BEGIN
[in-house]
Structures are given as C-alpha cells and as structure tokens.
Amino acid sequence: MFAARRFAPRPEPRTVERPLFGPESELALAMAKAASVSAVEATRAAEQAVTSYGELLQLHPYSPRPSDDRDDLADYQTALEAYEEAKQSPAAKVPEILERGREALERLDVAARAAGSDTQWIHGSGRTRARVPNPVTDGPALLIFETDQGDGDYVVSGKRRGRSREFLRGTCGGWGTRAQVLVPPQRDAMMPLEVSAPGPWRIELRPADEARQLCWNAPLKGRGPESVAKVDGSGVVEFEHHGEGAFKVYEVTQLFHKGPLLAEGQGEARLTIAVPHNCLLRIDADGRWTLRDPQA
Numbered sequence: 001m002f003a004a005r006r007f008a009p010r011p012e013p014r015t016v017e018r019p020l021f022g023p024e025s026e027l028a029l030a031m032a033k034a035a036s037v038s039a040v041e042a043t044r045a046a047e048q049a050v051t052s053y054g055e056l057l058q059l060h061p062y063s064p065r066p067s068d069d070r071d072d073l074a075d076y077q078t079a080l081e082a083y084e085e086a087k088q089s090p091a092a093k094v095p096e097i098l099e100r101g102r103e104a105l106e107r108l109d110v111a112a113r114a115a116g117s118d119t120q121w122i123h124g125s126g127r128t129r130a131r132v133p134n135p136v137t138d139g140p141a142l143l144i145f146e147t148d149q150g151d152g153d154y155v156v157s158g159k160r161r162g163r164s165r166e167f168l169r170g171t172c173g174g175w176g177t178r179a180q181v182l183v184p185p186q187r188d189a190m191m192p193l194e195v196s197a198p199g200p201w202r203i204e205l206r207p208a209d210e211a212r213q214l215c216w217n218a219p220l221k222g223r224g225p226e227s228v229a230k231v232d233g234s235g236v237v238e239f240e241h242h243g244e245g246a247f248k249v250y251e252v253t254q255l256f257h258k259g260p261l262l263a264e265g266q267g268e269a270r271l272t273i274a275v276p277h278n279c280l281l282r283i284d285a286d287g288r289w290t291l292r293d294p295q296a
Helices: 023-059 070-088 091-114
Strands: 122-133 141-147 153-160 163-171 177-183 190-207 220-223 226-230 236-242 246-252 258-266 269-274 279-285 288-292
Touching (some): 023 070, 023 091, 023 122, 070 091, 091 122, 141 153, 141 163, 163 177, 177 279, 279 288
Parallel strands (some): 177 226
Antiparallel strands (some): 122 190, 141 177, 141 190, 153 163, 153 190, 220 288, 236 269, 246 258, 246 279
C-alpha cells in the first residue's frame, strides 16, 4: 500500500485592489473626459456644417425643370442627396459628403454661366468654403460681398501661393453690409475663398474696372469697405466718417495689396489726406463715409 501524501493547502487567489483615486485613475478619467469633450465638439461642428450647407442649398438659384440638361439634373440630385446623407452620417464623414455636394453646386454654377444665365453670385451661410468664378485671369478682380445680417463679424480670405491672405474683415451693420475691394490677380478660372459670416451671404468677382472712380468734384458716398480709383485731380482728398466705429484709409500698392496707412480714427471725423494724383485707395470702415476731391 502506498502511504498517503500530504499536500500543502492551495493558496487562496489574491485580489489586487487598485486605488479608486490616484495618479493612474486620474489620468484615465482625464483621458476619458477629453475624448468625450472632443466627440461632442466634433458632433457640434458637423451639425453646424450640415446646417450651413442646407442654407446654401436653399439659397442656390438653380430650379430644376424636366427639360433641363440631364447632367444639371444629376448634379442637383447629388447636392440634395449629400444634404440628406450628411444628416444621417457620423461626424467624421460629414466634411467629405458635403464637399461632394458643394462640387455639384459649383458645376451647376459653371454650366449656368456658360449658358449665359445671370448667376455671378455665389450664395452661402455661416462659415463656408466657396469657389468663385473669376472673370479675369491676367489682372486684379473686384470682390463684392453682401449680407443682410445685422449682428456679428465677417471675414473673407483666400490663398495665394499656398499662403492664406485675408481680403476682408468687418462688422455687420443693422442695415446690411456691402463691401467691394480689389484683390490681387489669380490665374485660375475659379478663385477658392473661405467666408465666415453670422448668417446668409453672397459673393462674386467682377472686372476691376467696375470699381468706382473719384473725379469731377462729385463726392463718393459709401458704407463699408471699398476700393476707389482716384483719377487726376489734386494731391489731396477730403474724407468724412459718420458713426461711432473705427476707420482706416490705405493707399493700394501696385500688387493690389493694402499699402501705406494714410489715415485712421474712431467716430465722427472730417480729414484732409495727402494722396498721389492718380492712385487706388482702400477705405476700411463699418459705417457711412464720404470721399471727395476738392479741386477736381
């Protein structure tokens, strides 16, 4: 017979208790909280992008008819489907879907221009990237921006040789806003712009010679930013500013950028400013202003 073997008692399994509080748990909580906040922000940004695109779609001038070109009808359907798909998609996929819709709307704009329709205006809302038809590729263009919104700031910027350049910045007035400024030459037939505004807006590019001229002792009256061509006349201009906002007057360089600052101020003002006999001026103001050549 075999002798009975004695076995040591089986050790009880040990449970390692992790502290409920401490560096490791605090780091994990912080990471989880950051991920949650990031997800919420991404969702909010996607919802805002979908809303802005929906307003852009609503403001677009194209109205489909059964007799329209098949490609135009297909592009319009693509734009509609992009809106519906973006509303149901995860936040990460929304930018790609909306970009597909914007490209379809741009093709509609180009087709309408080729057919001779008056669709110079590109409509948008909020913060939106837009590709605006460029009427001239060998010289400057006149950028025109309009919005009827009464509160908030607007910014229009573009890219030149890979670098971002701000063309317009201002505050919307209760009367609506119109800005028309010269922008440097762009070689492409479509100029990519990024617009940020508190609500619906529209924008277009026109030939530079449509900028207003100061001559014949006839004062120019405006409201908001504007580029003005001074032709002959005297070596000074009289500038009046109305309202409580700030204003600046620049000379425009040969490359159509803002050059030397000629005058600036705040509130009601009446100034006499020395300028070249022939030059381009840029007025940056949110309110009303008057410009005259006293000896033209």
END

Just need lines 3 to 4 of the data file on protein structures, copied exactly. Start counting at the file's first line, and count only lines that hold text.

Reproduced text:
Amino acid sequence: MFAARRFAPRPEPRTVERPLFGPESELALAMAKAASVSAVEATRAAEQAVTSYGELLQLHPYSPRPSDDRDDLADYQTALEAYEEAKQSPAAKVPEILERGREALERLDVAARAAGSDTQWIHGSGRTRARVPNPVTDGPALLIFETDQGDGDYVVSGKRRGRSREFLRGTCGGWGTRAQVLVPPQRDAMMPLEVSAPGPWRIELRPADEARQLCWNAPLKGRGPESVAKVDGSGVVEFEHHGEGAFKVYEVTQLFHKGPLLAEGQGEARLTIAVPHNCLLRIDADGRWTLRDPQA
Numbered sequence: 001m002f003a004a005r006r007f008a009p010r011p012e013p014r015t016v017e018r019p020l021f022g023p024e025s026e027l028a029l030a031m032a033k034a035a036s037v038s039a040v041e042a043t044r045a046a047e048q049a050v051t052s053y054g055e056l057l058q059l060h061p062y063s064p065r066p067s068d069d070r071d072d073l074a075d076y077q078t079a080l081e082a083y084e085e086a087k088q089s090p091a092a093k094v095p096e097i098l099e100r101g102r103e104a105l106e107r108l109d110v111a112a113r114a115a116g117s118d119t120q121w122i123h124g125s126g127r128t129r130a131r132v133p134n135p136v137t138d139g140p141a142l143l144i145f146e147t148d149q150g151d152g153d154y155v156v157s158g159k160r161r162g163r164s165r166e167f168l169r170g171t172c173g174g175w176g177t178r179a180q181v182l183v184p185p186q187r188d189a190m191m192p193l194e195v196s197a198p199g200p201w202r203i204e205l206r207p208a209d210e211a212r213q214l215c216w217n218a219p220l221k222g223r224g225p226e227s228v229a230k231v232d233g234s235g236v237v238e239f240e241h242h243g244e245g246a247f248k249v250y251e252v253t254q255l256f257h258k259g260p261l262l263a264e265g266q267g268e269a270r271l272t273i274a275v276p277h278n279c280l281l282r283i284d285a286d287g288r289w290t291l292r293d294p295q296a